HARRISBURG, Pa. - Pennsylvania Gov. Tom Ridge signed legislation authorizing full interstate branching for the state's 290 financial institutions two years before the federal law takes effect.
The opt-in legislation, which took effect immediately, allows out-of- state banks to branch into Pennsylvania either by buying an existing bank and converting it into a branch or by setting up a new branch from scratch. The law requires reciprocity from the other state until June 1, 1997.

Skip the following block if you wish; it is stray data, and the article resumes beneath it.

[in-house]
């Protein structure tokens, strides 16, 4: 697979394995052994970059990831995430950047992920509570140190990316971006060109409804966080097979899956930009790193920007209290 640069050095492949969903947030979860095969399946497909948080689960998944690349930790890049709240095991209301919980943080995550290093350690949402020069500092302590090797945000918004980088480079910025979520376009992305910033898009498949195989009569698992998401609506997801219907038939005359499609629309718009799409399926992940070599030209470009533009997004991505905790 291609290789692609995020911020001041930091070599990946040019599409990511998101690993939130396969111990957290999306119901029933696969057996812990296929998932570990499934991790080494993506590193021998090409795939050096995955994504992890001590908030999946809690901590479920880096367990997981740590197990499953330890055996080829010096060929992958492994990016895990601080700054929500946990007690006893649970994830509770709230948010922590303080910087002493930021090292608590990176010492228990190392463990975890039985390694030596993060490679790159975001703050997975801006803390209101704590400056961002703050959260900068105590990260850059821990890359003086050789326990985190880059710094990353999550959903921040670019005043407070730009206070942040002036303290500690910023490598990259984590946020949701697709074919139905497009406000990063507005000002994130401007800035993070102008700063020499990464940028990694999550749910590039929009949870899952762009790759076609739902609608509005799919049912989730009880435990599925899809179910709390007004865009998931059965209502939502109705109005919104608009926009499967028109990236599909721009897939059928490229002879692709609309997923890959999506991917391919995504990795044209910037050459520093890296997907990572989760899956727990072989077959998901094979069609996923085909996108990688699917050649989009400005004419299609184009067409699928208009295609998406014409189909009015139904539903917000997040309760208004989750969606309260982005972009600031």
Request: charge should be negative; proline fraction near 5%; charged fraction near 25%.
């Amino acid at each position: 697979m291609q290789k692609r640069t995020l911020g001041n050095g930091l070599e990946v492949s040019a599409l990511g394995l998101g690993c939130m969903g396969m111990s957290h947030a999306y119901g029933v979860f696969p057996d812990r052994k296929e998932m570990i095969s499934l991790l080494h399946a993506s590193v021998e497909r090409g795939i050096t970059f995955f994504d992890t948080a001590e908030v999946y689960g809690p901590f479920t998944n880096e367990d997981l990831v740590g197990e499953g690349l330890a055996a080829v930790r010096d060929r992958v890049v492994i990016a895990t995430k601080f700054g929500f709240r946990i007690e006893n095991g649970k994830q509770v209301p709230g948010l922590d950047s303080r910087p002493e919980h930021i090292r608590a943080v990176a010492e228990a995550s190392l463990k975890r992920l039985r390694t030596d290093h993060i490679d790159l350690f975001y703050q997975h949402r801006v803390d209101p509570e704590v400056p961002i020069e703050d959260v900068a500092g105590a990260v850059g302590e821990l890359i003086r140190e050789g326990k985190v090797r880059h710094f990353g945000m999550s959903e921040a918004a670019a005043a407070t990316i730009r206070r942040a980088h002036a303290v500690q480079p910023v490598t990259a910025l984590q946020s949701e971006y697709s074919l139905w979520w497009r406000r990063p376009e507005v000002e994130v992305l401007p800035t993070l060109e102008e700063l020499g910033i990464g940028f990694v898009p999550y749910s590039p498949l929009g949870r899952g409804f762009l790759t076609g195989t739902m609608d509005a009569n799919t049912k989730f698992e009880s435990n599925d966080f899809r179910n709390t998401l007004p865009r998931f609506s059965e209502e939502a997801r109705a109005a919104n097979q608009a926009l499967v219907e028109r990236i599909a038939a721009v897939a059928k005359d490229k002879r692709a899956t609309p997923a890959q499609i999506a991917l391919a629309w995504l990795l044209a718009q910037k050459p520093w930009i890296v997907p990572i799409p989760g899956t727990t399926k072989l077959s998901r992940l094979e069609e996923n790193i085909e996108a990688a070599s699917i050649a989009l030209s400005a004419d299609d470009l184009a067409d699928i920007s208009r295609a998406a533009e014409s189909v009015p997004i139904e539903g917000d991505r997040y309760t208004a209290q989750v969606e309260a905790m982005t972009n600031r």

The law also allows the Keystone State's state-chartered banks the same rights as federally chartered banks to branch into other states that allow interstate branching.
The new law is authorized under the Riegle-Neal Interstate Banking and Branching Efficiency Act, which authorizes full interstate banking by Sept. 30, and interstate branching by June 1, 1997.
Under the federal law, states may pass legislation to opt-out of interstate branching or opt-in early, as Pennsylvania did. States must also pass legislation to allow their state-chartered institutions the same powers as federal institutions and to allow de novo branching across their borders.
So far, about 14 other states have opted-in to interstate branching, including Pennsylvania's neighbors Maryland and Delaware. Bills are pending in New Jersey and New York.